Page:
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  • Trucks from the Hays collection are to be displayed in an expanded National Automobile Museum planned to open as soon as 2016.

  • Roger Runn works on a truck from the Hays antique truck collection. Its pending move to Reno will free up 45,000 square feet of space at Woodland's Heidrick Ag History Center, where it has been housed since 1997.

Woodland's Hays truck museum hits the road to Reno

Published: Friday, Aug. 30, 2013 - 12:06 pm | Page 3B

The hulking old Freightliner rumbled to life one more time and other trucks from a bygone era waited for their turn to be towed away as Bev Davis scanned a cavernous exhibit hall growing more bare by the day.

"Nobody's happy to see this happen, but I believe it's an act of Providence," Davis said beneath his wide-brimmed hat as the 5-ton behemoth chugged away. "This ensures the perpetuity of the collection."

The Hays Antique Truck Museum, with its collection of rare and vintage trucks and farm machinery, is moving to the National Automobile Museum in Reno after 16 years at Woodland's Heidrick Ag History Center. Davis, 84, serves as a Hays docent and museum board treasurer.

National Automobile Museum officials in Reno envision an expanded space as soon as 2016 that will house installations including the Hays trucks. The 100-piece collection, assembled by late trucking industry pioneer A.W. Hays, ranks among the nation's largest and dates back to the earliest days of the automobile.

"It's a very impressive collection. It really tells the story of the trucking industry from the beginning," said Jackie Frady, president and executive director of the National Automobile Museum. "We really hit on the whole story of transportation from its inception. With their collection, it could be a real dynamic story for visitors."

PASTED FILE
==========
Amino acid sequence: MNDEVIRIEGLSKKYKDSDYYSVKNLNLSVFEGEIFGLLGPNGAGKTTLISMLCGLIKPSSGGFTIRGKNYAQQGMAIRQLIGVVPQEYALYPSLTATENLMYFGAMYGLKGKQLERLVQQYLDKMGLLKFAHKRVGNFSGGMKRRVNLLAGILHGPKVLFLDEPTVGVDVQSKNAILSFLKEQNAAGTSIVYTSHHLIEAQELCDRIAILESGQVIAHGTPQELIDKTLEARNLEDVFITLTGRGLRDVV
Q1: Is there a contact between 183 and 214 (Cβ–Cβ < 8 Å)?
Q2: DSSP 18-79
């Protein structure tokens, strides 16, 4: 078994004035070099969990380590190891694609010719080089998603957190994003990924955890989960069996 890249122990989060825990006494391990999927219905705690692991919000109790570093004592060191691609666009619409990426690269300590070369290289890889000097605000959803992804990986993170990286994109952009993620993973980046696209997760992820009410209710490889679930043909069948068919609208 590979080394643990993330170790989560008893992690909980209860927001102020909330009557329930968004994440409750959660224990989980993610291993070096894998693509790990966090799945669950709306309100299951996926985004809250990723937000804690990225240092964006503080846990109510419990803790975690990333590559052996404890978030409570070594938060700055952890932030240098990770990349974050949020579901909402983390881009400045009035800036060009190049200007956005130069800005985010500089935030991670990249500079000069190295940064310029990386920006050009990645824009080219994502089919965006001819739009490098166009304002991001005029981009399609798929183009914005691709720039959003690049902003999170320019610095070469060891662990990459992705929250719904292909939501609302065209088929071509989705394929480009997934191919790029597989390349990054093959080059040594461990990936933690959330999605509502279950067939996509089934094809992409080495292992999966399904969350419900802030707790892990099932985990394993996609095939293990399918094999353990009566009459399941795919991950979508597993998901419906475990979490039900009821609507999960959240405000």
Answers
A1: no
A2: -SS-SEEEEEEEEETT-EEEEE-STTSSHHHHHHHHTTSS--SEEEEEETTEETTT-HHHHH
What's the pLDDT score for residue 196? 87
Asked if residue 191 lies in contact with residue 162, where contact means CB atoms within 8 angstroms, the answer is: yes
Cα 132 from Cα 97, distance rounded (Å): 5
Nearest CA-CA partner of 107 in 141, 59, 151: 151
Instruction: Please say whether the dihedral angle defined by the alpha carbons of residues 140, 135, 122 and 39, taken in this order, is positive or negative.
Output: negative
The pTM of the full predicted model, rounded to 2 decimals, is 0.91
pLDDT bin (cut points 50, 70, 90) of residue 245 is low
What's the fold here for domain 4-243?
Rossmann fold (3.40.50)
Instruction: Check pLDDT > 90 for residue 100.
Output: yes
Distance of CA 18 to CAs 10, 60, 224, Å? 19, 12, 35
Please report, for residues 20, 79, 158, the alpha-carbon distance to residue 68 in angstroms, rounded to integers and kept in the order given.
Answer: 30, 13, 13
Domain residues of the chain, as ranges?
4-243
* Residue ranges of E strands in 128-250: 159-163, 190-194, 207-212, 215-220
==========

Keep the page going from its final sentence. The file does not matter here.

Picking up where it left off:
It also closes a chapter in Woodland, and with it, a visible symbol of Yolo County's deep agricultural roots and a living history of the machines that fueled what Davis calls the "relentless evolution and growth of our nation."

"This is what this (museum) is about," Davis said. "How it all ties together."

Hays officials hope to have the full collection in Reno by the end of September, before the first snow, and say the trucks will be stored there until the national museum's expansion is complete.

The deal was too good to pass up, Hays officials say. Donations are the lifeblood of the museum, but costs of maintaining the vintage trucks and keeping them under roof were $100,000 or more a year, said Hays museum board President Jim Dobbas.

Those costs threatened the museum's future, Dobbas said. By early this year, museum leaders had to make a choice.

"It was strictly an economic decision. The economics weren't working for us," Dobbas said. "We knew we had to move."

When the Reno expansion opens, the National Automobile Museum will take over the collection.

Suitors at other museums coveted the trucks, Dobbas said, but Reno ultimately won out. A deal began taking shape earlier this year in Reno as officials of both the Hays and National Automobile museums were mulling over their respective futures.

"We always had a relationship with the Hays museum over the years, and we've respected their work," Frady said. "They were examining their future direction and we were in the middle of plans to expand." She called Hays' officials "very interested."

"We hated to move out of Woodland, but they've got great plans (in Reno)," Dobbas said. "They've got plans to take that museum huge. And it's still close – only 130 miles from Woodland."

Officials at the Heidrick Ag History Center, which has housed the Hays Antique Truck Museum since 1997, said they are adjusting to the news. The center will retain a number of other exhibits, including tractors and farm equipment.

"They got an amazing offer," Heidrick executive director Lorili Ostman said. "You can't help but be happy for them."

The soon-to-be vacant 45,000-square-foot space gives the Heidrick center a chance to include more events and new, diverse exhibits, Ostman said.

Davis watched Monday as more of the collection was tugged and towed out of the center in preparation for the 130-mile trip to Nevada.

Davis has an engineer's mind and a huge heart for these machines and how they worked, as well as what they meant to the people who hauled timber and freight, worked the land and battled the elements.

"These things are part of people's lives as opposed to static things on shelves," Davis said. "It ain't just a bunch of old iron."

Call The Bee's Darrell Smith, (916) 321-1040.

© Copyright The Sacramento Bee. All rights reserved.

Read more articles by Darrell Smith



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